Bread on the table

Bread on the table

News out of The Hague over the weekend was discouraging. Despite the mission of Prime Minister Silveria Jacobs and Finance Minister Ardwell Irion to “escalate” the suspension of already-approved second quarter liquidity support by Dutch State Secretary of Home Affairs and Kingdom Relations Raymond Knops, the Kingdom Council of Ministers RMR backed him up.

As predicted, developments at Princess Juliana International Airport (PJIA) played a key role in that decision. According to Knops, while steps have been taken to restore good corporate governance at holding company PJIAH and operating company PJIAE, Royal Schiphol Group (RSG) is not satisfied that enough has been done to continue its role of guiding the terminal reconstruction project.

The latter was a condition for US $100 million in financing that came – half each – from the Dutch-sponsored Trust Fund managed by the World Bank and from the European Investment Bank (EIB). Truth be told, there has been active resistance against this both within and outside the airport community since the relevant agreements were made.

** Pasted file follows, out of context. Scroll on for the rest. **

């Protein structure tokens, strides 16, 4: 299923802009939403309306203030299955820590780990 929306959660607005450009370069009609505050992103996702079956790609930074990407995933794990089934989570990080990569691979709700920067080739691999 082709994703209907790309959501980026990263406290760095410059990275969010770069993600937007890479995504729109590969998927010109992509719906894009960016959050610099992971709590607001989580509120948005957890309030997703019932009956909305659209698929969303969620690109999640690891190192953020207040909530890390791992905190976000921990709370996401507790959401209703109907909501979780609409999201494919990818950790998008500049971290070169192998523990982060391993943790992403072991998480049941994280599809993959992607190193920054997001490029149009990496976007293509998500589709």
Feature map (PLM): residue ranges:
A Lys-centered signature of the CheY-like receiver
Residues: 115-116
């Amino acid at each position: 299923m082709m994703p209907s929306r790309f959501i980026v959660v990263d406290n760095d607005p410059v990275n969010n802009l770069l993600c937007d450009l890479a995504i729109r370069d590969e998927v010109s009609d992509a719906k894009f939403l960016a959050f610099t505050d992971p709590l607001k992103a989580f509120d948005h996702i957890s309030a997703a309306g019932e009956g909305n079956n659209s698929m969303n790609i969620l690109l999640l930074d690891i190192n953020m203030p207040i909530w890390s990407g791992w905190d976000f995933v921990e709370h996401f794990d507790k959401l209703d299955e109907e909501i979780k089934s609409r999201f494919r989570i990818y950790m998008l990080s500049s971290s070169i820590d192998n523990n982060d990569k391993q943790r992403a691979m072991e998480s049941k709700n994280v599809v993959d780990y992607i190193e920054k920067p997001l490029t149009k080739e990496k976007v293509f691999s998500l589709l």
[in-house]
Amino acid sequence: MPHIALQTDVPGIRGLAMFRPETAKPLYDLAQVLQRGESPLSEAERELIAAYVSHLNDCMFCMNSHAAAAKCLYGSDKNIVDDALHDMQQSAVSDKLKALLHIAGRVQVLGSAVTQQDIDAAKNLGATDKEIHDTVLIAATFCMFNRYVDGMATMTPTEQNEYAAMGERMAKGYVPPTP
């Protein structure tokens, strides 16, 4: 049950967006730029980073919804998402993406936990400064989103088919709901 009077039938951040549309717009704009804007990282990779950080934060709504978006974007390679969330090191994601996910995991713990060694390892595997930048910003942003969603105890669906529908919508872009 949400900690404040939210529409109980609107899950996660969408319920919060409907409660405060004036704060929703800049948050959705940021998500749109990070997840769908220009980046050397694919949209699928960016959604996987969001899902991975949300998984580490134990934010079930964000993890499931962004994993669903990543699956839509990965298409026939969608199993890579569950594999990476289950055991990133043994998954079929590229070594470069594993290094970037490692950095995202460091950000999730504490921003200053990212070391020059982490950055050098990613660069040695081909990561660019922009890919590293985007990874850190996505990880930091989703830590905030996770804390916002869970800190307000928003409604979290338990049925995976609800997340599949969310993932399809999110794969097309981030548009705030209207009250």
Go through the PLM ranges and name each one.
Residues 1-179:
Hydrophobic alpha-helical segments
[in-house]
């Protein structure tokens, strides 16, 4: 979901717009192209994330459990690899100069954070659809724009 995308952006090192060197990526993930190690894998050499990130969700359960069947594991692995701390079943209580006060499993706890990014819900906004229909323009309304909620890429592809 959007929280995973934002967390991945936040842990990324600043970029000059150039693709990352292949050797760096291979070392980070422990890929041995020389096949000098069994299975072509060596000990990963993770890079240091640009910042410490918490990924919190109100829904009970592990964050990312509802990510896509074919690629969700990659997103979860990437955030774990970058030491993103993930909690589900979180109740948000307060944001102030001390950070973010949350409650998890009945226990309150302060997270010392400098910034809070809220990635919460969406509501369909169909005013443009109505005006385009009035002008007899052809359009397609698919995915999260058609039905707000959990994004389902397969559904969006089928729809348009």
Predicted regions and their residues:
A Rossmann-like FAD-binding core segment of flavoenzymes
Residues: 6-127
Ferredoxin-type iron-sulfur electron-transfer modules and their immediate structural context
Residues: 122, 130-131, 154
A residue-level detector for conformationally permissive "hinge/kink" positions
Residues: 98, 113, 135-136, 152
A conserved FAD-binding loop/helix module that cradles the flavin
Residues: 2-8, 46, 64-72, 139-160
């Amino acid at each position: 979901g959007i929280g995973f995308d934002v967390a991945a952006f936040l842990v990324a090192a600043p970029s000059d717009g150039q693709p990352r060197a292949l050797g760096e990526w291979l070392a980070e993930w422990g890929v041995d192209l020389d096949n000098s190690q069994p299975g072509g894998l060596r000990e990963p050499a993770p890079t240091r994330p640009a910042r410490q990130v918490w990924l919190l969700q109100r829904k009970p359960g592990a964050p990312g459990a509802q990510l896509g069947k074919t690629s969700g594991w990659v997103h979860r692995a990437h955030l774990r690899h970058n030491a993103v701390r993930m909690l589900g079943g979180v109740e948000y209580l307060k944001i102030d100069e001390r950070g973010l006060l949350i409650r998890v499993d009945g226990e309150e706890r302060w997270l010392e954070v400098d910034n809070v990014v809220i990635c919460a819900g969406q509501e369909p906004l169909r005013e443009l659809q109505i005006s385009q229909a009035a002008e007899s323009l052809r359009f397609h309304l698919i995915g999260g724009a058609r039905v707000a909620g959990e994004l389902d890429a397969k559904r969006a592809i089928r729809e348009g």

However, the point of no return has long been reached and it is not just the full rehabilitation of the island’s main gateway, more than 3½ years after it got damaged, that hangs in the balance. The very financial assistance allowing thousands of St. Maarteners to maintain – be it often strongly reduced – income during the ongoing unprecedented coronavirus-related socioeconomic crisis has now been placed at serious risk.

The good news is that no new RMR meeting will be needed to release the pending soft loan of 39 million Netherlands Antillean guilders, once RSG is satisfied that enough has been done to basically tackle obstruction of the current rebuilding process at PJIA. Those directly involved had better get on board or move the heck out of the way, because this is about putting bread on people’s tables.